A mobile social address book is a phonebook on a mobile device that enables subscribers to build and grow their social networks. The mobile social address book transforms the phone book on any standard mobile phone into a social networking platform that makes it easier for subscribers to exchange contact information.[1] The mobile social address book is the convergence of personal information management (PIM) and social networking on a mobile device. While standard mobile phonebooks force users to manually enter contacts, mobile social address books automate this process by enabling subscribers to exchange contact information following a call or SMS.[2] The contact information exchange occurs instantaneously and the user's phonebook updates automatically. Mobile social address books also provide dynamic updates of contacts if their numbers change over time.


The first Mobile social address book appeared in 2007 by a company called IQzone Inc., which was founded by John Kuolt. It was the first company to integrate social networking sites like Facebook, Myspace, Linked in and integrate them with the address book (PIM) of a mobile device. Mobile social address books sought to bring the connectivity of social networking to the in-the-moment experience of the mobile phone. Users can easily exchange contact information regardless of their handset, mobile carrier, or social networking application they use.[3]

Examples of emerging companies providing technology to support mobile social address books include: PicDial (which dynamically augments the existing address book with pictures and status from Facebook, MySpace and Twitter, integrates with the call screen so during every call you see the latest picture and status of whoever is calling. It is a network address book so everything can be managed from Windows or Mac as well and lastly you can also set your one callerID picture and status for your friends to see when you call them) FusionOne (whose backup and synchronization solutions lets users easily transfer and update mobile content, including contact information, among different devices); Loopt (whose Loopt service provides a social compass alerting users when friends are near); OnePIN (whose CallerXchange person-to-person contact exchange service lets users share contact info with one click on the mobile phone); and VoxMobili (whose Phone Backup and Synchronized Address Book solutions let users safeguard and synchronize their contact information among different devices).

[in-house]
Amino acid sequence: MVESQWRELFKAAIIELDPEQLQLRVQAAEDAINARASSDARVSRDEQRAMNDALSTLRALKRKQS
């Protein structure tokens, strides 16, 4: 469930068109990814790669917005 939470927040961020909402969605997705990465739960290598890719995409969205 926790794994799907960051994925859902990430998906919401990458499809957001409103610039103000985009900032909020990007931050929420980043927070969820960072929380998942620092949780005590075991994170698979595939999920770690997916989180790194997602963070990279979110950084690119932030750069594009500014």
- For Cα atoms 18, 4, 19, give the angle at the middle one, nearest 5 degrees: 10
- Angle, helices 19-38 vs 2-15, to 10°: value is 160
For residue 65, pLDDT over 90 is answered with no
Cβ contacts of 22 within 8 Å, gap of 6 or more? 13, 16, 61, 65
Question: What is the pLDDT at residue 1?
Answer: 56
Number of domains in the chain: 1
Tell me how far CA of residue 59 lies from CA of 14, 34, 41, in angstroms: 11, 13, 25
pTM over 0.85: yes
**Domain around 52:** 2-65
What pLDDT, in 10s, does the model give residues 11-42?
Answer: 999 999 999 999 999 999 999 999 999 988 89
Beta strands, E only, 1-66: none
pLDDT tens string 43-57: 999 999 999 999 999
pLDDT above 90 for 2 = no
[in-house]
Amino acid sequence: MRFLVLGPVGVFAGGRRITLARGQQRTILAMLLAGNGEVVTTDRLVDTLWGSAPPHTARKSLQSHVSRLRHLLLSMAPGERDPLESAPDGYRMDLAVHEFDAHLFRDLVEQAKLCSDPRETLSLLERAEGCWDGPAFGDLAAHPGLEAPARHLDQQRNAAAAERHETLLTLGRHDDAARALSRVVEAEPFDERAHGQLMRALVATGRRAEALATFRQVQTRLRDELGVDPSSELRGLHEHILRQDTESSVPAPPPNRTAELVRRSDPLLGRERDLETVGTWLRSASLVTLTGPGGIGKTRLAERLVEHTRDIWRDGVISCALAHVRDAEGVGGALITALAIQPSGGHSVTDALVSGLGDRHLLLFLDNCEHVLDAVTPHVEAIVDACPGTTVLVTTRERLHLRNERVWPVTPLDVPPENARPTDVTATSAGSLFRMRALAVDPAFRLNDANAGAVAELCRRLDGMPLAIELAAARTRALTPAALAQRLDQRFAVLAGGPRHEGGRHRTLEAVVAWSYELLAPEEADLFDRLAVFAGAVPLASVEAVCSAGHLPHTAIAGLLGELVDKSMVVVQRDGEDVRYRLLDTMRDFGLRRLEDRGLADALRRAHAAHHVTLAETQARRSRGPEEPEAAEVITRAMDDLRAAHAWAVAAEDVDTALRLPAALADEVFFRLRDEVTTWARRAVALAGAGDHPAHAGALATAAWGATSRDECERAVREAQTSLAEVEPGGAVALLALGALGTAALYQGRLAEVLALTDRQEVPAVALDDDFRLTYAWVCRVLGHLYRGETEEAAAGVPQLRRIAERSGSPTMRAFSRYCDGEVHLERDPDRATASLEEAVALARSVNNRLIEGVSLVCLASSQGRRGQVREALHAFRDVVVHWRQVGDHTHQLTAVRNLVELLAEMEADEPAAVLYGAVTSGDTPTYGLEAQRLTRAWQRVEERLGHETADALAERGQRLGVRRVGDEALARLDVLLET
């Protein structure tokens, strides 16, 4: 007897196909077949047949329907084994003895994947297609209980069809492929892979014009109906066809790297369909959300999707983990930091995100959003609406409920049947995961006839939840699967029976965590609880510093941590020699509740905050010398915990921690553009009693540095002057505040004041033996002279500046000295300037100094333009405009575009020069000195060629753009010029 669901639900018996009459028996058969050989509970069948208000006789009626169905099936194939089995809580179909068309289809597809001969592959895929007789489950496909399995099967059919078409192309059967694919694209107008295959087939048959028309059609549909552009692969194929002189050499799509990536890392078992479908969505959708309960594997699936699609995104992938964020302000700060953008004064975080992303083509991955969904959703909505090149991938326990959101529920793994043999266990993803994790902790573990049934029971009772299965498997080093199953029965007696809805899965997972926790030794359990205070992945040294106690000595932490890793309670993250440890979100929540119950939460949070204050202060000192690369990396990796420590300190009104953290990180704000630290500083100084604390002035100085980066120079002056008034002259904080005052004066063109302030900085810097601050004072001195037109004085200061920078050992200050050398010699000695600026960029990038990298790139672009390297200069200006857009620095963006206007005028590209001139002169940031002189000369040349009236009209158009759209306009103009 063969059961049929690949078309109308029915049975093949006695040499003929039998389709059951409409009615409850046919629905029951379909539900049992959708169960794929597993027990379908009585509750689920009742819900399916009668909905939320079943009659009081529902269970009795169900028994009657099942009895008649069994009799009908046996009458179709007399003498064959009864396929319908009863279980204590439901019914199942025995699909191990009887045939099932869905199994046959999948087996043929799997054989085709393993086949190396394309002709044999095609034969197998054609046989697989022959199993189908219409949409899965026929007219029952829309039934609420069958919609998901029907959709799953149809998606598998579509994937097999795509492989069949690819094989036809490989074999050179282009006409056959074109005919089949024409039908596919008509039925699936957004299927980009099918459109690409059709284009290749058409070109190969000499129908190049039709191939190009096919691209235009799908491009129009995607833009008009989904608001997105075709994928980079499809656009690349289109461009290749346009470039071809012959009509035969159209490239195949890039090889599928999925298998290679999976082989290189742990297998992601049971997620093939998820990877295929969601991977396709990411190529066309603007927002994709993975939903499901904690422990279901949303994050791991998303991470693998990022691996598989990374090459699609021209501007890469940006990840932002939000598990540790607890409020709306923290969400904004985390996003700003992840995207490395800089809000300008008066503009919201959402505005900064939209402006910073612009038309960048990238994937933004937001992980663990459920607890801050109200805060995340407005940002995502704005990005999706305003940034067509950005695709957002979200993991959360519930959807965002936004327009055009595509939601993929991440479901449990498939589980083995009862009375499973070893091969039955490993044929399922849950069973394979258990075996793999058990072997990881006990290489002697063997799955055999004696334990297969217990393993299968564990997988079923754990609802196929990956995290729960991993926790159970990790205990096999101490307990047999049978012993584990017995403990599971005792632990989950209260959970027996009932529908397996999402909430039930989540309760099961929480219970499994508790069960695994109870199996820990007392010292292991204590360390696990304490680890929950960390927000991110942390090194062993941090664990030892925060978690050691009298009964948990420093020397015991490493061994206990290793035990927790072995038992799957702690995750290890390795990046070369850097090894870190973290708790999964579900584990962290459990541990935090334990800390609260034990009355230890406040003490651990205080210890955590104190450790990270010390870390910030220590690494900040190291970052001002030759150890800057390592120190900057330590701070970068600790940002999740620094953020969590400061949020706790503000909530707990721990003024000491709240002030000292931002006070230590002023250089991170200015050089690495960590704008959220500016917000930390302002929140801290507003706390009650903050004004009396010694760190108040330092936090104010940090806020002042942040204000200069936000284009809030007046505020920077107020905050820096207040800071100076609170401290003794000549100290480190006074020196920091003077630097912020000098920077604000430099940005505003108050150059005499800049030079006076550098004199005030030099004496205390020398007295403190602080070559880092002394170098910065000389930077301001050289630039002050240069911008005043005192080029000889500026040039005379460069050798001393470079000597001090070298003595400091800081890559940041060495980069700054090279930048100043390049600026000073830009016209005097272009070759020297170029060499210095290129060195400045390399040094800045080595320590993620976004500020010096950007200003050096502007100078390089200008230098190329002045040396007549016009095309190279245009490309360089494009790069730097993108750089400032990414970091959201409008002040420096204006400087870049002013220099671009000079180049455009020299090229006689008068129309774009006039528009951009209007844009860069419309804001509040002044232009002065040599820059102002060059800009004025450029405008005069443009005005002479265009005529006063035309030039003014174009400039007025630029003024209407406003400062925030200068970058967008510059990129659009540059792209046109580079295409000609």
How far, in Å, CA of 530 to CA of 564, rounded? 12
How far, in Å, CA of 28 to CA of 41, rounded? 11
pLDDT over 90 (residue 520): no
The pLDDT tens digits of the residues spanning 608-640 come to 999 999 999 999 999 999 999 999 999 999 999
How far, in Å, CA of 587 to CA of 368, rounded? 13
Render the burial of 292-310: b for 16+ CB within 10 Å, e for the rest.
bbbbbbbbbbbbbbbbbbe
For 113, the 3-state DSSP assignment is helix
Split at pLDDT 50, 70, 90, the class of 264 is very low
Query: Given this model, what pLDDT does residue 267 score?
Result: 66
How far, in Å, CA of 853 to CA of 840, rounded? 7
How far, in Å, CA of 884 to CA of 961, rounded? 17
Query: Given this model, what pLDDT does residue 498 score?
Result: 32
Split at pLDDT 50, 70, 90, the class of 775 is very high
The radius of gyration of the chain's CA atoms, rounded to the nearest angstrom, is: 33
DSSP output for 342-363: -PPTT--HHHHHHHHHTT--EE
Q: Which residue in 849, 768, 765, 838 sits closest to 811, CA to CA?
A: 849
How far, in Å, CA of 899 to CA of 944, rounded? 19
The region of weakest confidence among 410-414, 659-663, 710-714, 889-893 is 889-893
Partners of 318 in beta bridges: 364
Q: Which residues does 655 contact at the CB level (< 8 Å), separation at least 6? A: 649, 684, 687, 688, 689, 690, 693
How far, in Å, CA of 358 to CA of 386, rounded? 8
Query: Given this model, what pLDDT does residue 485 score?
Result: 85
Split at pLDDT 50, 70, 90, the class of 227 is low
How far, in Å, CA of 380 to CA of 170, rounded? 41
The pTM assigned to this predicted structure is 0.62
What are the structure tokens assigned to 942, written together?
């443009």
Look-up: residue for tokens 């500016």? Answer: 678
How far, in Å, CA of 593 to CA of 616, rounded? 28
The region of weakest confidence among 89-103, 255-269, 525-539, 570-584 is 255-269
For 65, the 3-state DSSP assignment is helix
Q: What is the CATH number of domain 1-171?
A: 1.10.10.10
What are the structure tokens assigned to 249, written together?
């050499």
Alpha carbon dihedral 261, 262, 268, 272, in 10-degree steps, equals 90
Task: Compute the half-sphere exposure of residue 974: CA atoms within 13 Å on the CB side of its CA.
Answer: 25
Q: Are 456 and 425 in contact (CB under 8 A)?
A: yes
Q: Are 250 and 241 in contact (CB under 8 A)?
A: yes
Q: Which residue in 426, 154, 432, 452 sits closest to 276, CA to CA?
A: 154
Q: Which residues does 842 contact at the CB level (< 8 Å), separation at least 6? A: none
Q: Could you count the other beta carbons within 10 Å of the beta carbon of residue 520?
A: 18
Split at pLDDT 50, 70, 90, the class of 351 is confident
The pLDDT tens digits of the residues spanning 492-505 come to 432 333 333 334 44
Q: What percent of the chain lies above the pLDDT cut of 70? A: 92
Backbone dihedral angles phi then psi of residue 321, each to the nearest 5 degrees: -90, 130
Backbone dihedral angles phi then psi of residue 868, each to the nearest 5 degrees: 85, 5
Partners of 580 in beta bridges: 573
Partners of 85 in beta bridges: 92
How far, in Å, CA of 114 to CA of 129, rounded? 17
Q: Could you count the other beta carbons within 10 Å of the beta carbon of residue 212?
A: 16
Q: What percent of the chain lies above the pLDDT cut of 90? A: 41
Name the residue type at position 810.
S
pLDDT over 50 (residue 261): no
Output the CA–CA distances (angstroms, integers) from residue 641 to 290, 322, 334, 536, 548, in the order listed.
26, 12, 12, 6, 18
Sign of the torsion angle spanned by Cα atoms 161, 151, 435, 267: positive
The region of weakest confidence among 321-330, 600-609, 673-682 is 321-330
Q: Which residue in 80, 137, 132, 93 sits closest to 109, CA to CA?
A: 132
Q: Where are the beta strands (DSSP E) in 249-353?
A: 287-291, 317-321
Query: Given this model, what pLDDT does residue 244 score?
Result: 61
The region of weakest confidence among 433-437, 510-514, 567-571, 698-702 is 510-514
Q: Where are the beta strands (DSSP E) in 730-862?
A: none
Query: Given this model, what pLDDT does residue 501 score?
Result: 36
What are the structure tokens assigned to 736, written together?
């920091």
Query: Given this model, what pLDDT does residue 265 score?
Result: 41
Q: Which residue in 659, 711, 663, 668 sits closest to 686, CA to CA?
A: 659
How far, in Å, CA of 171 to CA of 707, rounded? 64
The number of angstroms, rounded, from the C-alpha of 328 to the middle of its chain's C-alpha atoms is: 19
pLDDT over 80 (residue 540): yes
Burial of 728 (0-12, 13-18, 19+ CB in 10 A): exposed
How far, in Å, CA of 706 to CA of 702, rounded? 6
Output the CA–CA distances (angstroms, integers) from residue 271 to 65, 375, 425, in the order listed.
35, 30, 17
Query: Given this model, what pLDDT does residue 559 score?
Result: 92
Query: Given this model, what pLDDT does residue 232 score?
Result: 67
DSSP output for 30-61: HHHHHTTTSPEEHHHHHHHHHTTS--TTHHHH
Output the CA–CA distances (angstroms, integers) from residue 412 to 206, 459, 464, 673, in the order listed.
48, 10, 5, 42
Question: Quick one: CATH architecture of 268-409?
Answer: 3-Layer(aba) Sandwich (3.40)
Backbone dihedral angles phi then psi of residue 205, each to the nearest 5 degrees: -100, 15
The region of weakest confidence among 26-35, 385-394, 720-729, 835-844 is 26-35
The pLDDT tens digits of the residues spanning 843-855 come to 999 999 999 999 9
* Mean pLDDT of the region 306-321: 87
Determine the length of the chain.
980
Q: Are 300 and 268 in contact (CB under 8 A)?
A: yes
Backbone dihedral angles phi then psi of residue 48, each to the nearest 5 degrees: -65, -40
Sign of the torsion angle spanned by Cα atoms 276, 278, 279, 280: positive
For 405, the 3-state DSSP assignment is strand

In 2007, the Rich Communication Services communication protocol was formed. RCS combines different services defined by 3GPP and Open Mobile Alliance (OMA) with an enhanced phonebook with broad implications for the mobile social address book. In a February 2017 Wired Magazine article, RCS was quoted as "...infected with bureaucracy, complexity, and irrelevance," by industry analyst Dean Bubley in 2015, calling RCS a zombie: dead, but somehow still ambling around. The same active goes on to say: "Google sees it differently. For the company with seemingly thousands of messaging platforms, each one with different features and different audiences, RCS presents an opportunity."